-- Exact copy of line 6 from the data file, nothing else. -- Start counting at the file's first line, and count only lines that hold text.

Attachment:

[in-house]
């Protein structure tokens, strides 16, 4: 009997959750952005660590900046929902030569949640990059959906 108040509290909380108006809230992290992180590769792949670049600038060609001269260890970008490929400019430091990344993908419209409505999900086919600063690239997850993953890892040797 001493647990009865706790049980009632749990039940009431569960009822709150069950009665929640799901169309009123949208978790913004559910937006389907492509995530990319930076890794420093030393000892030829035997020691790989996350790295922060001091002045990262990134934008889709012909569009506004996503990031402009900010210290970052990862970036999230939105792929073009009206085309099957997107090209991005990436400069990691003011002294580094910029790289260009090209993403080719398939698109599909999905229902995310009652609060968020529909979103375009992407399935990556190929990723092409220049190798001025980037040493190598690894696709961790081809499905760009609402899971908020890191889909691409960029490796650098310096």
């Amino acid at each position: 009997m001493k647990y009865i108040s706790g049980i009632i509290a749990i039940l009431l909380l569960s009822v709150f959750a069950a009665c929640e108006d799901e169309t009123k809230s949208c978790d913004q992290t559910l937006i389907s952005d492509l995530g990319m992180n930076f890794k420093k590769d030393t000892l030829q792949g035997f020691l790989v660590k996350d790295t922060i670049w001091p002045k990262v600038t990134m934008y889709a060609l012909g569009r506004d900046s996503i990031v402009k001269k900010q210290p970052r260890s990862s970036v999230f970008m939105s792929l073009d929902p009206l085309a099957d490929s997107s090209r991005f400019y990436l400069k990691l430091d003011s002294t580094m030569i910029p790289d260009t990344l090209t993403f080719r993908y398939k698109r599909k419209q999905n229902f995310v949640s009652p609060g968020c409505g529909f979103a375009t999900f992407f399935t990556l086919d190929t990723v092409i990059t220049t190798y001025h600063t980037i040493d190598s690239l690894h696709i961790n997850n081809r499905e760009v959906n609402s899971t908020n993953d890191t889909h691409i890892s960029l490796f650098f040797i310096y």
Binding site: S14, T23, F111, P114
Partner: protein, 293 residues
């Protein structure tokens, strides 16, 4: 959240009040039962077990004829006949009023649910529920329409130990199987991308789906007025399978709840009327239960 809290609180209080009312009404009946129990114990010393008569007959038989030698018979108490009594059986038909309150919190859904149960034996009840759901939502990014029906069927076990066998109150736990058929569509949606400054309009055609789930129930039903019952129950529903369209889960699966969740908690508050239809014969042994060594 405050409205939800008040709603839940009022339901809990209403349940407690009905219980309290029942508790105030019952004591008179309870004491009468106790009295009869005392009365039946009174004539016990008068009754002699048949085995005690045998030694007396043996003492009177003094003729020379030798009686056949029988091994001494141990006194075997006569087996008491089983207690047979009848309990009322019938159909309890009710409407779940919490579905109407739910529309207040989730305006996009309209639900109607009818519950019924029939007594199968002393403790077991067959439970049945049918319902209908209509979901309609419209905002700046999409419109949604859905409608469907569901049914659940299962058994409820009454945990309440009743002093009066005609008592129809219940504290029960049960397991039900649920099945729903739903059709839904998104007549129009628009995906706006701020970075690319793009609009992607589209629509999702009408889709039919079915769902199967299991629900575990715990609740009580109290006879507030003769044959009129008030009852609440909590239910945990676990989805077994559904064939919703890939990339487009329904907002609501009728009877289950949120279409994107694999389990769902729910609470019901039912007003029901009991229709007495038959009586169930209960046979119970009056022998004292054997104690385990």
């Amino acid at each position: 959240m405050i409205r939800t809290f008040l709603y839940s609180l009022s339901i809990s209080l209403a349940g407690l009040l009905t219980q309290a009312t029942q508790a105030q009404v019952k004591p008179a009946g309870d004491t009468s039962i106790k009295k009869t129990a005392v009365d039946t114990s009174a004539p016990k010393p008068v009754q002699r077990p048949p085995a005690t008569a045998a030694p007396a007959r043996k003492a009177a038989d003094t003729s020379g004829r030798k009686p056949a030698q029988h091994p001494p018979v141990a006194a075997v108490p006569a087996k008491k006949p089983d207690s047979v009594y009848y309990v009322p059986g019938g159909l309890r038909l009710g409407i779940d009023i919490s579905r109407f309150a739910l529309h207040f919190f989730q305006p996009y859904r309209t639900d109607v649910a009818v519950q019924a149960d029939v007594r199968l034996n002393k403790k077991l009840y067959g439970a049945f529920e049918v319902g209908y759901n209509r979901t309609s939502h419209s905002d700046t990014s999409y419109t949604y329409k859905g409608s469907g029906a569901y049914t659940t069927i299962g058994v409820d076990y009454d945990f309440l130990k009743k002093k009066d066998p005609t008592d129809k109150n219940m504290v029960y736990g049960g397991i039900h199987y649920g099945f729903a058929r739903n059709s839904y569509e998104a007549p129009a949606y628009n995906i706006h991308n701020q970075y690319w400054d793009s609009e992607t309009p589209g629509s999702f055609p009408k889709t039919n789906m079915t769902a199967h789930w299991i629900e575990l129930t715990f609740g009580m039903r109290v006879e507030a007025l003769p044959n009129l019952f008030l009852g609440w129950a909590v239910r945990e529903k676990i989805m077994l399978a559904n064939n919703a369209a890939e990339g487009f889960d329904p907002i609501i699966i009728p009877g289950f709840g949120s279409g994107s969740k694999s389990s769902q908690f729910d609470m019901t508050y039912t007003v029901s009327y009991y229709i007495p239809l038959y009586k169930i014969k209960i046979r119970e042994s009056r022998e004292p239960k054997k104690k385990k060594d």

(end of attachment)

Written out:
């Protein structure tokens, strides 16, 4: 959240009040039962077990004829006949009023649910529920329409130990199987991308789906007025399978709840009327239960 809290609180209080009312009404009946129990114990010393008569007959038989030698018979108490009594059986038909309150919190859904149960034996009840759901939502990014029906069927076990066998109150736990058929569509949606400054309009055609789930129930039903019952129950529903369209889960699966969740908690508050239809014969042994060594 405050409205939800008040709603839940009022339901809990209403349940407690009905219980309290029942508790105030019952004591008179309870004491009468106790009295009869005392009365039946009174004539016990008068009754002699048949085995005690045998030694007396043996003492009177003094003729020379030798009686056949029988091994001494141990006194075997006569087996008491089983207690047979009848309990009322019938159909309890009710409407779940919490579905109407739910529309207040989730305006996009309209639900109607009818519950019924029939007594199968002393403790077991067959439970049945049918319902209908209509979901309609419209905002700046999409419109949604859905409608469907569901049914659940299962058994409820009454945990309440009743002093009066005609008592129809219940504290029960049960397991039900649920099945729903739903059709839904998104007549129009628009995906706006701020970075690319793009609009992607589209629509999702009408889709039919079915769902199967299991629900575990715990609740009580109290006879507030003769044959009129008030009852609440909590239910945990676990989805077994559904064939919703890939990339487009329904907002609501009728009877289950949120279409994107694999389990769902729910609470019901039912007003029901009991229709007495038959009586169930209960046979119970009056022998004292054997104690385990």